By Marc Jones
LONDON (Reuters) - A solid shift from Europe and high Wall Street futures kept world stocks at a three-week high on Tuesday, after Asia was knocked back by a shock profit warning from tech giant Samsung and a tick-up in borrowing costs.
That rise, along with the alarm from South Korea's Samsung that it would badly miss its earnings forecasts, caused a slip in emerging markets, but Europe held its nerve -- unlike last week after a similar warning from Apple.
The pan-European STOXX 600 rose 1 percent despite some a choppy day in Italy as Rome stepped in to support another of its struggling lenders. Britain's FTSE was up 0.9 percent too as its retailers cheered rare good news about Christmas trading. [.EU]
"I think the market has been quite extreme in pricing recession risks, so I think we have value now in both the equity and bond markets," SEB investment management's global head of asset allocation Hans Peterson said.
"The discussions between the U.S and China will take some time but I think the markets are prepared to move in the right direction on positive signals."
U.S. Commerce Secretary Wilbur Ross had predicted on Monday that Beijing and Washington could reach a trade deal that "we can live with" as dozens of officials from the world's two largest economies resumed talks in Beijing.
S&P 500 futures gained 0.6 percent following a near 4 percent surge on Wall Street since Friday, led by Amazon and Netflix which have been recovering some of the ground they lost during a brutal end to 2018.
MSCI's broadest index of Asia-Pacific shares ended down 0.2 percent, however. It was dragged lower by falls in South Korea due to Samsung and in China where government bond yields also saw their biggest daily gain in nine months.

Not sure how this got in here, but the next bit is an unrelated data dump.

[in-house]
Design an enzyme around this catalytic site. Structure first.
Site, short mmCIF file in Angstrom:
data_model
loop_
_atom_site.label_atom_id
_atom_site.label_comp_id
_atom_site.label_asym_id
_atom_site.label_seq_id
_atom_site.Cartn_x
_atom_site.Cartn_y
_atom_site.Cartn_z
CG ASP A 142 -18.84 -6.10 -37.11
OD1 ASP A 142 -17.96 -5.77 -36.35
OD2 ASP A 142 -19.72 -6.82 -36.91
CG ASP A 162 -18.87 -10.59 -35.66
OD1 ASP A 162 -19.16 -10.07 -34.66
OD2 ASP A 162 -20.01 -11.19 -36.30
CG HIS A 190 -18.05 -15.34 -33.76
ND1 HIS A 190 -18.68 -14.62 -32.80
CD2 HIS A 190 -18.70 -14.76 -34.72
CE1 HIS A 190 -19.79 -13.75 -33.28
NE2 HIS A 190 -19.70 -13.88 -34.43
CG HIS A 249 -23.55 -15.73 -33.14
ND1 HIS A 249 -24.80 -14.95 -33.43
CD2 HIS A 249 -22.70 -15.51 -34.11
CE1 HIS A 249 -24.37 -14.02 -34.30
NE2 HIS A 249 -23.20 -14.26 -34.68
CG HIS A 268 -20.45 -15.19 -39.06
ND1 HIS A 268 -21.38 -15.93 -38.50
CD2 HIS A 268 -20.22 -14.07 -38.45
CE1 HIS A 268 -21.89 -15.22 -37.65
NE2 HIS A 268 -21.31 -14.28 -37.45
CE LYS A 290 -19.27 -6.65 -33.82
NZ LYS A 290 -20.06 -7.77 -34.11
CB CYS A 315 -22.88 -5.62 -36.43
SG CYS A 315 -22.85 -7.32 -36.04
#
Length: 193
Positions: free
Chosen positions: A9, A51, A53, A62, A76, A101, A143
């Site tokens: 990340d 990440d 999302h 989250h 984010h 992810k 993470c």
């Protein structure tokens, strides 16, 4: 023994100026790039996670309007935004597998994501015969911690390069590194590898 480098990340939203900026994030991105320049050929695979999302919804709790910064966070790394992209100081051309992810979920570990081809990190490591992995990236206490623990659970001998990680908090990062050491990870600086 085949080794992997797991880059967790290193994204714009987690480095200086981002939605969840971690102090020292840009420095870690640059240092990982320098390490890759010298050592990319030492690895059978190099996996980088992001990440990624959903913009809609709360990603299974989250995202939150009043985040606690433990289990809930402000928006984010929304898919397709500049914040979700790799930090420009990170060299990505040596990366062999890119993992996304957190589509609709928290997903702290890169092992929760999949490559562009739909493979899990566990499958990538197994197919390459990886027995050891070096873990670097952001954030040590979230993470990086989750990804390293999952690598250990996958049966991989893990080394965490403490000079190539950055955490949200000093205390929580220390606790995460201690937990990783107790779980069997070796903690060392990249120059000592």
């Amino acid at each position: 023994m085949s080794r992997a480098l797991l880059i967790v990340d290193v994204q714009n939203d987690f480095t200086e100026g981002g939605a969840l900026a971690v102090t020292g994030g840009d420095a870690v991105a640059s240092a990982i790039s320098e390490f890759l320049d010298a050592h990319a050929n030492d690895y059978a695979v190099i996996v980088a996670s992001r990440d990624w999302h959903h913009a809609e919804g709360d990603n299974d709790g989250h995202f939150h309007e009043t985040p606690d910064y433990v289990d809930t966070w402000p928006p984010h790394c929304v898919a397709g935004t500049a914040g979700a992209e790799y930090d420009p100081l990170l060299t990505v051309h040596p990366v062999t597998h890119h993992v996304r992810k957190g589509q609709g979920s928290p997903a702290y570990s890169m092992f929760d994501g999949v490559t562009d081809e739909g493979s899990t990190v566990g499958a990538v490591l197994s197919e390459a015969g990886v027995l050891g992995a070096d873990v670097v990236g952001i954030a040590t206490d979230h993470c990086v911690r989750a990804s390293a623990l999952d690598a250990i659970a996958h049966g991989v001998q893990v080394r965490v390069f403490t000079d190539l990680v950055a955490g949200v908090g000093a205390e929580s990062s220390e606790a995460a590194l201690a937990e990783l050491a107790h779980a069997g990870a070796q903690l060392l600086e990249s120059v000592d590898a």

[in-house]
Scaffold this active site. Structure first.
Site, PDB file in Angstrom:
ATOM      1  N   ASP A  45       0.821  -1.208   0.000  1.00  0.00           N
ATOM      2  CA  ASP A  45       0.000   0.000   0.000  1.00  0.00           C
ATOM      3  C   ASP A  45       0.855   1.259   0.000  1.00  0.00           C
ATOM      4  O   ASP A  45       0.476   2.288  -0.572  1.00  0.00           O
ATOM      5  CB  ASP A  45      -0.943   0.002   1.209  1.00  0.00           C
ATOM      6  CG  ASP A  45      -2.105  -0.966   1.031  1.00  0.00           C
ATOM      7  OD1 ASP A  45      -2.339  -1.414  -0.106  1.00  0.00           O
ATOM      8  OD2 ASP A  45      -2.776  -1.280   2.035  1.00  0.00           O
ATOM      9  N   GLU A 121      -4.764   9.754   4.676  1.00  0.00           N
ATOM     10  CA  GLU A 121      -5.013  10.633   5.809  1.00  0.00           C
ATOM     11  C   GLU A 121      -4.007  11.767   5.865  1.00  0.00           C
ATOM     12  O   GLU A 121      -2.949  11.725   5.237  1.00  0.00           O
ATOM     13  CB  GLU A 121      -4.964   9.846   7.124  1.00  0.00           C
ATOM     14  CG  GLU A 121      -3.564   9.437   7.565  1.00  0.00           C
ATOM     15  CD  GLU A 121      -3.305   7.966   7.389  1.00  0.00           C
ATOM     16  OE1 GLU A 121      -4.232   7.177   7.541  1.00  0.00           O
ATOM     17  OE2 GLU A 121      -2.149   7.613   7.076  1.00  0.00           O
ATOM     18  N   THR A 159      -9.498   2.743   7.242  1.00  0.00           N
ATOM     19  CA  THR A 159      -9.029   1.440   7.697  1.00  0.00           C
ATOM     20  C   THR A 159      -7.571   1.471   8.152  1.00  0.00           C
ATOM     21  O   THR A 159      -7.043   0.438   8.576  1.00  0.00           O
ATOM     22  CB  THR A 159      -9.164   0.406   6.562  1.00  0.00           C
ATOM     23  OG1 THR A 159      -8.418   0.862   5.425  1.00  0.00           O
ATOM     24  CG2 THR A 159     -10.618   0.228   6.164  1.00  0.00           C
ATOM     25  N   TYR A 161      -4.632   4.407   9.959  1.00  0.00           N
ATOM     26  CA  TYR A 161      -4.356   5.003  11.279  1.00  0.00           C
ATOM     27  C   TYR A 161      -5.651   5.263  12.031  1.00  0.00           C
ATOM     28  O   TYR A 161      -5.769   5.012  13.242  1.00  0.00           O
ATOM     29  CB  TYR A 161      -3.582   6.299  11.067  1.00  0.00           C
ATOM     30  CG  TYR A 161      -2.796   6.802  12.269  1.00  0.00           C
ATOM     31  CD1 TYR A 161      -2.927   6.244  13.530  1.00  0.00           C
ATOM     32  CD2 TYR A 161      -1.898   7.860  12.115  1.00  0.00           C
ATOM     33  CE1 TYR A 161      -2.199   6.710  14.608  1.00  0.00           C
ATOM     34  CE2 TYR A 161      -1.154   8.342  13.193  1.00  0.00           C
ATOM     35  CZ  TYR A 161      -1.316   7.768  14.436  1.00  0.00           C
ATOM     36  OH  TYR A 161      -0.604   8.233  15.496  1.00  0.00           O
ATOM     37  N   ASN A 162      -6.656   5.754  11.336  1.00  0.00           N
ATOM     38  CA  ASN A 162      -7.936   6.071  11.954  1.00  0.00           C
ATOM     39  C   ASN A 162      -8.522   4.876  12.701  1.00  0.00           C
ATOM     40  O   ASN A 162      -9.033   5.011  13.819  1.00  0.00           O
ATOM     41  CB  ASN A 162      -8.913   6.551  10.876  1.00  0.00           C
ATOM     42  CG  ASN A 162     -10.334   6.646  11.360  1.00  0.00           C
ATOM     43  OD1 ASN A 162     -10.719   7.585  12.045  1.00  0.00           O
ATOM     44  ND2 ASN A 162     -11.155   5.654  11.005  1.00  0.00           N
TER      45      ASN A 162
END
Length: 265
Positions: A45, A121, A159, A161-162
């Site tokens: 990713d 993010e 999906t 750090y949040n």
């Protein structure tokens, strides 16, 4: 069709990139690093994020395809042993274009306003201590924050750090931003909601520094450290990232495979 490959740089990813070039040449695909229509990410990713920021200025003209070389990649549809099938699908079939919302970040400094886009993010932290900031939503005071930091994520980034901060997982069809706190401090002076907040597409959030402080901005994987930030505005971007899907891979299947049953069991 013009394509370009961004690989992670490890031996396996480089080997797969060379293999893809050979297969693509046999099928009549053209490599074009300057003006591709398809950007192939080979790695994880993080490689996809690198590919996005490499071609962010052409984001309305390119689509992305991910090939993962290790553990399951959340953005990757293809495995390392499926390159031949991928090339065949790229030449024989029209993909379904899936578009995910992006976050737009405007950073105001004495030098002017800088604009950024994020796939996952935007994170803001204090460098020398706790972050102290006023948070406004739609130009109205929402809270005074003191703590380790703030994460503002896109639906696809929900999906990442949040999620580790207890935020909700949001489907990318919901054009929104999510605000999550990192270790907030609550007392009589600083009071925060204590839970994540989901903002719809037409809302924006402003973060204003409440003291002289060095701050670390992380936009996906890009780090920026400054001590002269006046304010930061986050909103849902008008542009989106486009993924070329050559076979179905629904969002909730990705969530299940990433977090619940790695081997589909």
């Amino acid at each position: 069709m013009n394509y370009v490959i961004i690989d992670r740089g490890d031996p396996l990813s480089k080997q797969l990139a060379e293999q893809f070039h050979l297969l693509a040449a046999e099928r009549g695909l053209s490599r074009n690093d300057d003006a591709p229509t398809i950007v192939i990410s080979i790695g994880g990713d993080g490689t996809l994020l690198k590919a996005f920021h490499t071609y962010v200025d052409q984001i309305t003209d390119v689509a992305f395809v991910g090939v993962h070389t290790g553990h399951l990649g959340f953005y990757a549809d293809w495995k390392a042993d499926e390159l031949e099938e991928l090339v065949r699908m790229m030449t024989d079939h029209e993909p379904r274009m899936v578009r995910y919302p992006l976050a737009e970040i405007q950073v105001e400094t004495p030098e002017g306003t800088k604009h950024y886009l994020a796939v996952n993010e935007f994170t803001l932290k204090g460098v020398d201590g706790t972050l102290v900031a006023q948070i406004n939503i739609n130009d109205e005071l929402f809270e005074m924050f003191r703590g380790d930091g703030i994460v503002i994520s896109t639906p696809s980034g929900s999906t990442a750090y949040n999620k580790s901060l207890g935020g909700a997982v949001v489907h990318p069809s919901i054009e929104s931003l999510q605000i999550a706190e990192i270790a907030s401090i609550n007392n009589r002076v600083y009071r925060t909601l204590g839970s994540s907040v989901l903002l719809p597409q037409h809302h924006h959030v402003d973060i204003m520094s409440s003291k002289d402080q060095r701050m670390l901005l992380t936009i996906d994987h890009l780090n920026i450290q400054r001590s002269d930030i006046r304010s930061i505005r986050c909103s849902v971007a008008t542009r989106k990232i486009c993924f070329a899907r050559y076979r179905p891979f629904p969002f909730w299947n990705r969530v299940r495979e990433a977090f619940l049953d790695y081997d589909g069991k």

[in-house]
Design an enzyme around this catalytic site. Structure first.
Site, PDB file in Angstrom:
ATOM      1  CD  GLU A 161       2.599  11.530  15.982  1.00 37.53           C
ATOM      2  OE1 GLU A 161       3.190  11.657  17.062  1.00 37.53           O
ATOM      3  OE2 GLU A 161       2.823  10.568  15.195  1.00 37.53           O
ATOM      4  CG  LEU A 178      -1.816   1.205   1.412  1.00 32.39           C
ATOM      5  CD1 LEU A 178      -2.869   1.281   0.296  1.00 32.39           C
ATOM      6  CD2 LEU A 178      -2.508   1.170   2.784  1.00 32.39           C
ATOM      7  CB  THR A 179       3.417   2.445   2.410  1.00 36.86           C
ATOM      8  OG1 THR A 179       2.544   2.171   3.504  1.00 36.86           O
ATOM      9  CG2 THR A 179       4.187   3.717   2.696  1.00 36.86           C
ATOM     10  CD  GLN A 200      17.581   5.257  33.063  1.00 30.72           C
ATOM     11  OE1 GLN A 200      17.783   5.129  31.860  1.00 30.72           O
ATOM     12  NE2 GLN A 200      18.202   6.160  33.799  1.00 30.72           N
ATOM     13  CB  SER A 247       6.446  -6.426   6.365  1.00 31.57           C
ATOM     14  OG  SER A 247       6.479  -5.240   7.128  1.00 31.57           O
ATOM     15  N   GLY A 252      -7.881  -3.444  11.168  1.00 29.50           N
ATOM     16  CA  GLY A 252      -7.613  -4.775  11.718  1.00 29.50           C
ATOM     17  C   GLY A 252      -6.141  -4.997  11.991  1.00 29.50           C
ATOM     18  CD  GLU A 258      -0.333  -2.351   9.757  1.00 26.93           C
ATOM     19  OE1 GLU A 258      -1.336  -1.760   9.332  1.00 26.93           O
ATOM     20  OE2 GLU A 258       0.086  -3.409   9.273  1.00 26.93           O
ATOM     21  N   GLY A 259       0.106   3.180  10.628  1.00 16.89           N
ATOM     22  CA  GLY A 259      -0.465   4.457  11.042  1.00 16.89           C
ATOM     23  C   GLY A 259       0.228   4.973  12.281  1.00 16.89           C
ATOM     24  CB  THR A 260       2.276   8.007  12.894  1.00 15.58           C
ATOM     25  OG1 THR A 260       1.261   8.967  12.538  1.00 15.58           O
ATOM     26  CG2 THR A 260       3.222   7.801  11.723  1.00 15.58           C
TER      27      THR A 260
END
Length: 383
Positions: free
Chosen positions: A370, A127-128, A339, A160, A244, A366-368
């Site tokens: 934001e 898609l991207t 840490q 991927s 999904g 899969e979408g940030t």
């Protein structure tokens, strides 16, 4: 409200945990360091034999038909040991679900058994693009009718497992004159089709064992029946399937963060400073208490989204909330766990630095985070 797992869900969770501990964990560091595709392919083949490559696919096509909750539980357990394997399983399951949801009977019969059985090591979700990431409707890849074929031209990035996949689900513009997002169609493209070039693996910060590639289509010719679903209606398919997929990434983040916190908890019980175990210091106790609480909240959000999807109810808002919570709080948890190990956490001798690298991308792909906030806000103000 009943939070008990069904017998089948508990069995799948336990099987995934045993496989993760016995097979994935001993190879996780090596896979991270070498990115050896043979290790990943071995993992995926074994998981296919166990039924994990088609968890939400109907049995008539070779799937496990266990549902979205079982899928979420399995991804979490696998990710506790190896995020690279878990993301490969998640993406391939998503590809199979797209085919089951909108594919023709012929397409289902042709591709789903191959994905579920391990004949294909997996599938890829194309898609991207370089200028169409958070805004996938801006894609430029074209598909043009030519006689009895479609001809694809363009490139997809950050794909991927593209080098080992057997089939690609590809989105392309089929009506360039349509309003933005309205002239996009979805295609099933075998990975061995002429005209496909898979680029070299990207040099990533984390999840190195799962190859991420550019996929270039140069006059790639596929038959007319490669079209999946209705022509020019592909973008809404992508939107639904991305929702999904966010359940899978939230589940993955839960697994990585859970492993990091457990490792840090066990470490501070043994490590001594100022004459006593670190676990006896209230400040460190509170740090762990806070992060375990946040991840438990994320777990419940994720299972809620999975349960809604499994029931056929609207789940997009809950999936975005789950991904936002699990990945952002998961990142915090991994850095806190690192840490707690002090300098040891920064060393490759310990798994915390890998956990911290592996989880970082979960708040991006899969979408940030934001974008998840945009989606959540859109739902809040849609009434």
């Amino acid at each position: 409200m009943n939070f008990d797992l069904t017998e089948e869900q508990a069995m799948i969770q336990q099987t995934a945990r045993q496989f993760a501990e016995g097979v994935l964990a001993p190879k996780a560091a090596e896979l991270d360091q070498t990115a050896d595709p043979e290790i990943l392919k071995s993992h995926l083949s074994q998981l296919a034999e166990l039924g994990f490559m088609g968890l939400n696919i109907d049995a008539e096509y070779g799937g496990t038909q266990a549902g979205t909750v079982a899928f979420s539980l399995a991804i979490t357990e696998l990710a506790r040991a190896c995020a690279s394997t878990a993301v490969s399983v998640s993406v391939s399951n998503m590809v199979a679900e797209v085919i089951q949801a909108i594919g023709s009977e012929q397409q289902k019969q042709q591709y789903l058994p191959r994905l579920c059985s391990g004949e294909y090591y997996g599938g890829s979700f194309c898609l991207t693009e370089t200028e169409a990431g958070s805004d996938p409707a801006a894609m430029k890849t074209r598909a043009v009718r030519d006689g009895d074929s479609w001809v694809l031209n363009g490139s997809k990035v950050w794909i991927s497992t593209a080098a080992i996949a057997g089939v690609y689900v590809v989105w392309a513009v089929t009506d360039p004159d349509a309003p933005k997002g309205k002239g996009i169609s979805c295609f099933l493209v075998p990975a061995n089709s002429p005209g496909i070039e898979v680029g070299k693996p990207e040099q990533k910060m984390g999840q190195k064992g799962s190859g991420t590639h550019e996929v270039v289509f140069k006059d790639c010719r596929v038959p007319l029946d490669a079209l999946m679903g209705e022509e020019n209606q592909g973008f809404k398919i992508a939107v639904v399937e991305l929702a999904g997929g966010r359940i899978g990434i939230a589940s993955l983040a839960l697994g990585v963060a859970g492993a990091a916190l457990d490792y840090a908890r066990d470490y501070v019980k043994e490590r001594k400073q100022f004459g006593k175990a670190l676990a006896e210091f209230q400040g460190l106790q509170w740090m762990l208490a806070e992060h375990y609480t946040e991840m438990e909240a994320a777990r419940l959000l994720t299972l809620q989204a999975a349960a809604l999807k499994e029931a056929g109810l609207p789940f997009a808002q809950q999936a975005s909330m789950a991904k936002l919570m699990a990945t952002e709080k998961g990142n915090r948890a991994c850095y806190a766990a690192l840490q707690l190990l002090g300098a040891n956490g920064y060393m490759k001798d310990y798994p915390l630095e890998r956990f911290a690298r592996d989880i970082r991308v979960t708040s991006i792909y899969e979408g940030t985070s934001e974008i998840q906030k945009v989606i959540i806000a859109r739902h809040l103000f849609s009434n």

China's Foreign Ministry said Beijing had "good faith" to work with the United States to resolve trade friction, but many analysts doubt the two sides can reach a comprehensive agreement on all of the issues before a March deadline.
"Various concerns markets had earlier are receding for now. Still, there's no denying that U.S. (company) earnings momentum is slowing," said Hirokazu Kabeya, chief global strategist at Daiwa Securities.
"Ultimately we need to see whether upcoming earnings reports can dispel market concerns."
The dollar has its tail up, trading at 108.71 yen and $1.1460 to the euro as an unexpected fall in German industrial output for the third straight month helped to weaken the euro zone currency.
The British pound traded roughly flat at $1.2780 as British and European officials played down a report in the Daily Telegraph newspaper that plans to extend Britain's formal Article 50 notice to withdraw from the European Union by March 29.
"I wouldn't really want to think about the possibility of extending Article 50 here and now," said I don't think this is what we ought to focus on today," German Foreign Minister Heiko Maas told journalists during a visit to Dublin.
Elsewhere, the Canadian dollar hit one-month highs, having gained 2.7 percent in the past five days on gains in oil prices and on speculation the Bank of Canada will raise interest rates again this week. It last stood at 1.3272 per U.S. dollar.
In the government bond markets, Europe's yields were squeezed higher by a deluge of upcoming debt sales and the 10-year U.S. Treasuries yield bounced back to 2.687 percent, from Friday's near one-year low of 2.543 percent.
Still, its latest level is more than 50 basis points below its October peak of 3.261 percent and some recent caution from the head of the Federal Reserve mean futures markets are now pricing in a slim chance of a U.S. rate cut this year.
Oil prices were also up again on Tuesday, supported by hopes for Sino-U.S. trade talks in Beijing and a Wall Street Journal report that Saudi Arabia is planning to cut crude exports to around 7.1 million barrels per day (bpd) by the end of January.
Both U.S. West Texas Intermediate (WTI) crude futures and International Brent crude futures stayed firm at $48.81 and $57.67 per barrel, respectively, while safe-haven gold eased back to $1,283 an ounce.
(Reporting by Marc Jones, Editing by Jane Merriman and Alison Williams)
(Only the headline and picture of this report may have been reworked by the Business Standard staff; the rest of the content is auto-generated from a syndicated feed.)